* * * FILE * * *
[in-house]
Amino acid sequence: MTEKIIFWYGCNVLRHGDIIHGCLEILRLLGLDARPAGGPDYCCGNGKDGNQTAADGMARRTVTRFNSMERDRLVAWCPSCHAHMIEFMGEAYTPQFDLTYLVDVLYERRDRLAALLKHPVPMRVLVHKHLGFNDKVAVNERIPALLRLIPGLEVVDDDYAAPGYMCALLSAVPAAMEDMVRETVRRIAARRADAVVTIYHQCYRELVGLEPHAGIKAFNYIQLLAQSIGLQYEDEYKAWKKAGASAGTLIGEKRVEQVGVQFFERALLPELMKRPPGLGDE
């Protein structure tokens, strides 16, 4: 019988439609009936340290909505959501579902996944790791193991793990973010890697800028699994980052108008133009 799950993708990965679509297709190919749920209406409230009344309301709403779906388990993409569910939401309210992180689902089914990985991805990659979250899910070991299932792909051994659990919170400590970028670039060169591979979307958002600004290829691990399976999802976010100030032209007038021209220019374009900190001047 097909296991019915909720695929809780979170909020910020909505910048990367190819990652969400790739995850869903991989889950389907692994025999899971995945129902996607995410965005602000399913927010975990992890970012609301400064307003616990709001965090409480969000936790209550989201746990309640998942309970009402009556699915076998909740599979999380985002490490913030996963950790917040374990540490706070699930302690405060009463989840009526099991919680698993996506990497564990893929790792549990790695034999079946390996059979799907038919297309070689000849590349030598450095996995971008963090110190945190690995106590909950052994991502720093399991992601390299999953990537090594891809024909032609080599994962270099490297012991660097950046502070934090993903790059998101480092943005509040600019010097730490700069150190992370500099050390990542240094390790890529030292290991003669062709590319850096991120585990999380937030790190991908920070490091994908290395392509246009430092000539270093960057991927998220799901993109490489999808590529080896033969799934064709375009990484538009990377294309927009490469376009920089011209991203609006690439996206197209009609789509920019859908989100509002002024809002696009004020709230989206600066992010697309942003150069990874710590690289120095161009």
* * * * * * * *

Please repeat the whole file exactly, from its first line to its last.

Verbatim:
[in-house]
Amino acid sequence: MTEKIIFWYGCNVLRHGDIIHGCLEILRLLGLDARPAGGPDYCCGNGKDGNQTAADGMARRTVTRFNSMERDRLVAWCPSCHAHMIEFMGEAYTPQFDLTYLVDVLYERRDRLAALLKHPVPMRVLVHKHLGFNDKVAVNERIPALLRLIPGLEVVDDDYAAPGYMCALLSAVPAAMEDMVRETVRRIAARRADAVVTIYHQCYRELVGLEPHAGIKAFNYIQLLAQSIGLQYEDEYKAWKKAGASAGTLIGEKRVEQVGVQFFERALLPELMKRPPGLGDE
């Protein structure tokens, strides 16, 4: 019988439609009936340290909505959501579902996944790791193991793990973010890697800028699994980052108008133009 799950993708990965679509297709190919749920209406409230009344309301709403779906388990993409569910939401309210992180689902089914990985991805990659979250899910070991299932792909051994659990919170400590970028670039060169591979979307958002600004290829691990399976999802976010100030032209007038021209220019374009900190001047 097909296991019915909720695929809780979170909020910020909505910048990367190819990652969400790739995850869903991989889950389907692994025999899971995945129902996607995410965005602000399913927010975990992890970012609301400064307003616990709001965090409480969000936790209550989201746990309640998942309970009402009556699915076998909740599979999380985002490490913030996963950790917040374990540490706070699930302690405060009463989840009526099991919680698993996506990497564990893929790792549990790695034999079946390996059979799907038919297309070689000849590349030598450095996995971008963090110190945190690995106590909950052994991502720093399991992601390299999953990537090594891809024909032609080599994962270099490297012991660097950046502070934090993903790059998101480092943005509040600019010097730490700069150190992370500099050390990542240094390790890529030292290991003669062709590319850096991120585990999380937030790190991908920070490091994908290395392509246009430092000539270093960057991927998220799901993109490489999808590529080896033969799934064709375009990484538009990377294309927009490469376009920089011209991203609006690439996206197209009609789509920019859908989100509002002024809002696009004020709230989206600066992010697309942003150069990874710590690289120095161009």